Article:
figure 1

Prostate enlargement contributes to risk of BPH-related surgery [14]. BPH = benign prostatic hyperplasia.

Medical management of the enlarged prostate: disease modification

The goals of EP management should include disease modification and treatment of bothersome symptoms. Depending on size of prostate and symptoms, treatment options may include watchful waiting (ie, patient monitored by physician with no active intervention), symptom management, or disease modification (Figure 2).

Figure 2
figure 2

Goals of therapy for patients diagnosed with enlarged prostate. (adapted from reference 8, with permission). 5 ARIs = 5α-reductase inhibitor; EP = enlarged prostate.

In the past, treatment primarily focused on symptom management with anticholinergic agents or α-blockers. Patients who suffer from urge incontinence resulting from overactive bladder may be treated with anticholinergic agents (eg, oxybutynin, tolterodine, solifenacin). For patients with obstructive symptoms resulting from EP, α-blockers (eg, terazosin, doxazosin, tamsulosin, alfuzosin) could improve urinary flow rates. The α-blockers target smooth muscle receptors in the prostate and bladder neck by relaxing muscle fibers, and thus making it easier to urinate. All α-blockers are similarly efficacious at improving urinary flow rates by 15% to 30% although tolerability profiles may differ among agents [15]; adverse effects may include orthostatic hypertension, dizziness, and ejaculatory problems. Anticholinergics and α-blockers are considered symptom modifying because they do not affect the natural course of the disease.

Unlike symptom-modifying agents, 5 ARIs inhibit the 5α-reductase enzymes responsible for the conversion of testosterone to DHT. The 5 ARIs decrease DHT levels, slowing the disease process and causing shrinkage of prostate epithelial cells. 5 ARI therapy is considered disease modifying because it treats the underlying cause of the disease. Dutasteride and finasteride are the 5 ARIs currently available in the United States, and both agents effectively relieve symptoms and prevent disease progression in men with EP. Dutasteride inhibits both type-1 and type-2 isoforms of the 5α-reductase enzyme, resulting in greater than 90% suppression of DHT [16], whereas finasteride only inhibits the type-2 isoenzyme, reducing DHT levels by 45% to 85% [17]. Even though adverse effects on sexual function (eg, impotence, decreased libido) have been reported by patients on 5 ARIs, they are typically reversible and, after 6 months, no more common than with placebo [18].

The landmark Medical Therapy of Prostatic Symptoms (MTOPS) study showed that treatment with a 5 ARI significantly reduced the rate of AUR and prevented progression of EP [4]. In this 4.5-year, double-blind, placebo-controlled trial, 3047 men with symptomatic BPH were randomized to receive doxazosin or finasteride, alone or in combination, to evaluate delay or prevention of clinical progression of BPH. Overall clinical progression, defined by a composite end point of a 4-point or greater increase in AUA-SI score above baseline, AUR, urinary incontinence, renal insufficiency, or recurrent UTI, was 17% with placebo, 10% with doxazosin (P < .001), 10% with finasteride (P = .002), and 5% with the combination (P < .001). The rate of AUR was significantly lower in both the finasteride (68% risk reduction; P = .009) and the combination groups (81% risk reduction; P < .001) compared with placebo. Finasteride (64%) and combination therapy (67%) significantly reduced risk of invasive therapy (P < .001 compared with placebo for both groups). Although doxazosin delayed time to AUR, it did not significantly reduce the cumulative incidence of AUR or invasive therapy, when compared with placebo.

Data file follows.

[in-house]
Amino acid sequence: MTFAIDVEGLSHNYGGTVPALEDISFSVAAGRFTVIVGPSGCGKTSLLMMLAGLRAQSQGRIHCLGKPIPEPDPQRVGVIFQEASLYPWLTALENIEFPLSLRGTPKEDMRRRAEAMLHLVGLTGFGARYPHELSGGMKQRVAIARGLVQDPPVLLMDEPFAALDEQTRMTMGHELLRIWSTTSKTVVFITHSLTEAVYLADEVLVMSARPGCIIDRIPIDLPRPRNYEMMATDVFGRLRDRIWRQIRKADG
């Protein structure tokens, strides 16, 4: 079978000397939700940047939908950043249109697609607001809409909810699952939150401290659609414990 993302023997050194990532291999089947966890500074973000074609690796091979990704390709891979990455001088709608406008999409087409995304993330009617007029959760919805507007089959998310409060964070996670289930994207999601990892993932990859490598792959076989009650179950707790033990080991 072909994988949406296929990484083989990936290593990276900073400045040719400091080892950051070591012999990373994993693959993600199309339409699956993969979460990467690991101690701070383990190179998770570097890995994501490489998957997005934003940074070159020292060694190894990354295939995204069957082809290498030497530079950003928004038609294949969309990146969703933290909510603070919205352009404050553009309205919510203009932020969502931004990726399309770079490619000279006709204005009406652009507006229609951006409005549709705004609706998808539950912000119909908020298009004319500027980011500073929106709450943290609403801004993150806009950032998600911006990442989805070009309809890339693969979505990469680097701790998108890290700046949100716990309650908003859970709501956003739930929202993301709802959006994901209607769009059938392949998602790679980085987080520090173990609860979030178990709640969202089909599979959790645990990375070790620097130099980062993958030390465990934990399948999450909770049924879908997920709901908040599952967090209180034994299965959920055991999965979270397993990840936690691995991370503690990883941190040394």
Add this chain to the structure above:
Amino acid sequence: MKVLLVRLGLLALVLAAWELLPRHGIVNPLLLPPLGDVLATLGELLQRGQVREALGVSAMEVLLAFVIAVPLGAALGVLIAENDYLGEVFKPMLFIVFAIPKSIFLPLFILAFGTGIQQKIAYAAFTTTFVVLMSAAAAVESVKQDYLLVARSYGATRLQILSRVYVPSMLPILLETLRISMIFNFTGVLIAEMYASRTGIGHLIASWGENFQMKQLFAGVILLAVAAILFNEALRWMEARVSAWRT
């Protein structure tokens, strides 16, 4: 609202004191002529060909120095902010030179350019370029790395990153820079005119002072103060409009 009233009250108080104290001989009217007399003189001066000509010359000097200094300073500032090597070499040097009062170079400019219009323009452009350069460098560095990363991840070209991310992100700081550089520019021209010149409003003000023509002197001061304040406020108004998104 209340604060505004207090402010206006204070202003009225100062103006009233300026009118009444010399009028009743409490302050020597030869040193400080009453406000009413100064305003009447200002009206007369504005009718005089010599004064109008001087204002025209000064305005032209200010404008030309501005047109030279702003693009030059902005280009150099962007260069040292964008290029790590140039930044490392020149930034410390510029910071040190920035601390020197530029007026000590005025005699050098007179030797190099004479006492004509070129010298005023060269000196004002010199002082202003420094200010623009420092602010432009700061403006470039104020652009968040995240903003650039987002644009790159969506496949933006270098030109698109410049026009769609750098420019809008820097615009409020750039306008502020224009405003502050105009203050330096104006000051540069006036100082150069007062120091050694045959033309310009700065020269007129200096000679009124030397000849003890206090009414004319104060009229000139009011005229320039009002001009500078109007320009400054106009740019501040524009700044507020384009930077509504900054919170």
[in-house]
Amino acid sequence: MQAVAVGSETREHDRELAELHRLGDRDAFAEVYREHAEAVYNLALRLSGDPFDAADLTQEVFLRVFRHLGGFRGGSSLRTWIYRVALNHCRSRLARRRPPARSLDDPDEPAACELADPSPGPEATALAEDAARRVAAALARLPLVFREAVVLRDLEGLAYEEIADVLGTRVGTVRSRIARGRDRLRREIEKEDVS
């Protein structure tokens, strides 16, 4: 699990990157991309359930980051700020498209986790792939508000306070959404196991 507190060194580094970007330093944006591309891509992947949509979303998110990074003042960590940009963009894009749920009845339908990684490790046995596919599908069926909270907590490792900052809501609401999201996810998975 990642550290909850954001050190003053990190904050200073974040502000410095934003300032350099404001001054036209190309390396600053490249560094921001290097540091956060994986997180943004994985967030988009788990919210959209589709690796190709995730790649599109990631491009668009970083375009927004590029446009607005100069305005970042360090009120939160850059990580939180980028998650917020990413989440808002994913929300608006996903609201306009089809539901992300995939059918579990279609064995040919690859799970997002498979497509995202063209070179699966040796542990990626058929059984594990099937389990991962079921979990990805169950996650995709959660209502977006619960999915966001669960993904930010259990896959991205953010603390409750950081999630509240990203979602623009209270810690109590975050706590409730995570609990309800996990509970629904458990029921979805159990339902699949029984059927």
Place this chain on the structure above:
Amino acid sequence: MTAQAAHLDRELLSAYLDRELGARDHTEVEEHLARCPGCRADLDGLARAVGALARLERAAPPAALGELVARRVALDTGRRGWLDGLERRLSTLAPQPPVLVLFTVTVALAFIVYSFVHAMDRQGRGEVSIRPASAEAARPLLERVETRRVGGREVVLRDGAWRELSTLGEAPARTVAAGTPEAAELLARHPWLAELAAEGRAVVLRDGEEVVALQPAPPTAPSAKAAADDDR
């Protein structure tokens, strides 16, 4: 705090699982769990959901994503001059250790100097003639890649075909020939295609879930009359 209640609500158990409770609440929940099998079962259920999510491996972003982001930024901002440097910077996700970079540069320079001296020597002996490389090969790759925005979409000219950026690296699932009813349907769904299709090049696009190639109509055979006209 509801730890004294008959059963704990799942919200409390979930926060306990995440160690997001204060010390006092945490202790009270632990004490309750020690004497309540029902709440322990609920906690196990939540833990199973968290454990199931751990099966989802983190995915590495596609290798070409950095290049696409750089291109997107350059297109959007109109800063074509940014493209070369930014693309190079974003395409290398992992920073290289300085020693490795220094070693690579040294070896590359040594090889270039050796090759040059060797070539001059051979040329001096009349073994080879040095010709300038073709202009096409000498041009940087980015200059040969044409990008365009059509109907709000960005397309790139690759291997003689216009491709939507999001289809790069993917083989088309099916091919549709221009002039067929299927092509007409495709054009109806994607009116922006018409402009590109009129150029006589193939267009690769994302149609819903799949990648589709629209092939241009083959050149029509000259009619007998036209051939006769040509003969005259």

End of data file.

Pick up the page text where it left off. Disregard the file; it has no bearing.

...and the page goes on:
In an evaluation of 4325 men with clinical BPH with moderate to severe symptoms, treatment with dutasteride for 24 months reduced serum DHT from baseline by a mean of 90.2% (P < .001 compared with placebo) [5]. Compared with placebo, dutasteride reduced total prostate volume from baseline by 25.7% at 24 months, transition zone volume by 20.4%, and symptom score by 4.5 points, and it increased maximal flow rate by 2.2 mL/s (P < .001). The efficacy of dutasteride was further evaluated in a 2-year, open-label extension of 3 phase III randomized studies [19]. After 48 months, the dutasteride/dutasteride combination group experienced improvement in symptoms (AUA-SI score decreased 6.5 points;P < .001), increased urine flow by 2.7 mL/s (Qmax; P = .042), and reduced prostate volume by 27.3% (P < .001) from baseline compared with the placebo/dutasteride group. In the Proscar Long-term Efficacy and Safety Study, which evaluated the efficacy of finasteride compared with placebo in 3040 patients with BPH, prostate volume decreased by 18% in the finasteride-treated patients compared with a 14% increase in the placebo group [20]. Patients receiving finasteride also experienced improvement in voiding symptoms and peak urinary flow rate compared with placebo. These findings support the AUA recommendation of using 5 ARIs for long-term disease management in patients with LUTS and with evidence of EP [2].